The Michelson Museum is planning its third annual celebration of Día de los Muertos, or Day of the Dead, for Oct. 29.
The event will run from 5 to 7 p.m. at the museum and is free and open to the public.
Event coordinator and museum volunteer Audrey Lozano said that the event is a way to learn about and celebrate Mexican culture, as well as show the community a traditional way to celebrate their lost loved ones.
“It’s a great way to celebrate the idea that people who pass away are not totally gone,” Lozano said, “We have the opportunity to have them with us one more day.”
The event will feature a traditional Day of the Dead altar designed by Lozano. She will give an explanation of the way the altars are built and what it means.
Lozano said that the traditional altar has three stages. The first, which is near the floor, is where you put all the food that you want to offer to the person.
“You put out food they liked. If they liked bread, and corn, and beans and rice, you make that special meal for that person,” she said.
The second portion is special items that belonged to person who has died. She said that it is key that the item is something that person would remember.
The third part of the altar is where you place a picture of the beloved person who died. The altar is also traditionally decorated with bright colors and marigolds, whose bright color and scent is said to bring the soul of the lost loved one back for one night.
“This is a celebration of life of a special person who passed away,” Lozano said. “The person you are paying a tribute to on your altar comes back for one night.”
The event will also feature a tasting of the traditional bread, pan de muerto.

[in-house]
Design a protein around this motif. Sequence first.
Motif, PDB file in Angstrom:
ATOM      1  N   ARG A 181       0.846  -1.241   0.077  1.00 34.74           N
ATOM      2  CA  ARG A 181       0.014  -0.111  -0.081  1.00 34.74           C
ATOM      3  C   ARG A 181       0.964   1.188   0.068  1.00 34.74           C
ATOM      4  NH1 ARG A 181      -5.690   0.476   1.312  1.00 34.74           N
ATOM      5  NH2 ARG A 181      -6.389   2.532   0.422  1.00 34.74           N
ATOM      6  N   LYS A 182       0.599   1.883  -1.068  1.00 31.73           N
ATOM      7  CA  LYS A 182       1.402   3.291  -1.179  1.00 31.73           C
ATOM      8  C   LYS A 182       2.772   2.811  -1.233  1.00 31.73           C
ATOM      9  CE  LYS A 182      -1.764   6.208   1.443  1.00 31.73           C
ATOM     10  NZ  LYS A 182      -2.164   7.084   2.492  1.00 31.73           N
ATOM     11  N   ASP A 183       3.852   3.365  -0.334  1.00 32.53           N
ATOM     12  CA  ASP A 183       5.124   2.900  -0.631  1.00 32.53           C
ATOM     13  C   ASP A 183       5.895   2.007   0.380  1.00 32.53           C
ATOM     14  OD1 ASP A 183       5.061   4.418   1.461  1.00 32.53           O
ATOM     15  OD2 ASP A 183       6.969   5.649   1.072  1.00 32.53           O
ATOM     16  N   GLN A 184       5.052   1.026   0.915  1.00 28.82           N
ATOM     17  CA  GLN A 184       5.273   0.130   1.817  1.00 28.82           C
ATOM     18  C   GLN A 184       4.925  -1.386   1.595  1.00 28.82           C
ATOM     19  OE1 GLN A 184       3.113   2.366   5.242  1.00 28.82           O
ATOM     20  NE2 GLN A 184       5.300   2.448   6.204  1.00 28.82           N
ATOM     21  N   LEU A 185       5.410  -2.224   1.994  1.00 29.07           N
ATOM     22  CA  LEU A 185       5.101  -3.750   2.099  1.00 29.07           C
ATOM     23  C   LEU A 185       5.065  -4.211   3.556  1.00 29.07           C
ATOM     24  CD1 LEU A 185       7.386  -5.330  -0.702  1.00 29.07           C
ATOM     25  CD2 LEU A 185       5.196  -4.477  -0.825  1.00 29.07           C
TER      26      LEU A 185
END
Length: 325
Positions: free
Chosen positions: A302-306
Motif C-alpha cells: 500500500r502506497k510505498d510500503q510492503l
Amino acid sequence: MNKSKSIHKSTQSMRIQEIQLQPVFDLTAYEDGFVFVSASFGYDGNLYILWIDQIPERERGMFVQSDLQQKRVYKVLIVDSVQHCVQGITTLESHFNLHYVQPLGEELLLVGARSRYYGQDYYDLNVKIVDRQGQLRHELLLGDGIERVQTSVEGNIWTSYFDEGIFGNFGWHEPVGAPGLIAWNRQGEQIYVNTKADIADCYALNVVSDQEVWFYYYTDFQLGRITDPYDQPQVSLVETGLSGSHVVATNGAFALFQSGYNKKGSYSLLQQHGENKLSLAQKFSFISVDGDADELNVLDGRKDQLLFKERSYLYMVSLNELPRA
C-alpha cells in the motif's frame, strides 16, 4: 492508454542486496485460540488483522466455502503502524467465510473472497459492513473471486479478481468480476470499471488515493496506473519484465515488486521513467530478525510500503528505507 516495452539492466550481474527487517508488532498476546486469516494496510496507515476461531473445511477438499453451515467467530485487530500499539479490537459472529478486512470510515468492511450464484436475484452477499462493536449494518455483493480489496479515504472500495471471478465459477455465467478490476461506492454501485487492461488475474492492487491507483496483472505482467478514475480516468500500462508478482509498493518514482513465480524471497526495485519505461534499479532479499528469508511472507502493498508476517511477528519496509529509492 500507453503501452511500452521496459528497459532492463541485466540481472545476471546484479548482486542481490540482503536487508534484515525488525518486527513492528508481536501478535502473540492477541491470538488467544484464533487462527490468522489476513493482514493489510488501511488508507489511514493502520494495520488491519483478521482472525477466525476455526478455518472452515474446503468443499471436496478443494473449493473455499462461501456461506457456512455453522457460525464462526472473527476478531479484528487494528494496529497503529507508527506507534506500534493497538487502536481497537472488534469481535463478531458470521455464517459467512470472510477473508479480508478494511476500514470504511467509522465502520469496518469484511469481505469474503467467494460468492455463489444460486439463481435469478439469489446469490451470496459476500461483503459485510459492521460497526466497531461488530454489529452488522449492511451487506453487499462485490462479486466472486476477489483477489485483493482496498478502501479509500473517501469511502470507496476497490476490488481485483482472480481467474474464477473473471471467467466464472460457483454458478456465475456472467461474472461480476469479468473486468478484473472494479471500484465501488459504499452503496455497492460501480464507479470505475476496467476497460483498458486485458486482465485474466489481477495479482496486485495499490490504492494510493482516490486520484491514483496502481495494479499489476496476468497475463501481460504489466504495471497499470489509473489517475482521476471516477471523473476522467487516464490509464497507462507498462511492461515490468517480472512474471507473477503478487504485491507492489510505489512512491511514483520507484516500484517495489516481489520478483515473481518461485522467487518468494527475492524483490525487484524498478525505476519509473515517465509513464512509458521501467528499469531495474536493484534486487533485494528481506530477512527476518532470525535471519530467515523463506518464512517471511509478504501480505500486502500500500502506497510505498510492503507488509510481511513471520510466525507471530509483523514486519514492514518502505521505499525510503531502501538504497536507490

Lozano said that there will also be candy for trick-or-treaters and a showing of the movie “The Book of Life,” which tells the tale of a young boy in Mexico who goes to the land of the dead on Día de los Muertos.
“It really explains the culture of the Day of the Dead and why it is important to pass the tradition along,” Lozano said.
She said that the altar will be on display at the museum through Nov. 2, which is the official Day of the Dead.
Community members are welcome to stop by and see the altar at any point, and Lozano said if she is in the museum she will be available to discuss the altar and answer any questions.
Lozano herself is an artist, originally from Mexico, who moved to the area five years ago with her husband, Eduardo Lozano, who is a bilingual teacher at William B. Travis Elementary School. She volunteers at the Michelson.
“This is just my way of giving back to the community,” she said.
Lozano wanted to let people know that anyone can set up an altar at their home to honor loved ones that have passed away.
The tradition was started thousands of years ago by the Aztecs, and is a very important part of the year in Mexican culture.
“Back in Mexico people really follow the tradition,” Lozano said, “They go to the cemetery and they do the altar there, and they spend the night there.”
She said that the event had about 200 people in attendance last year, and she expects more to attend this year.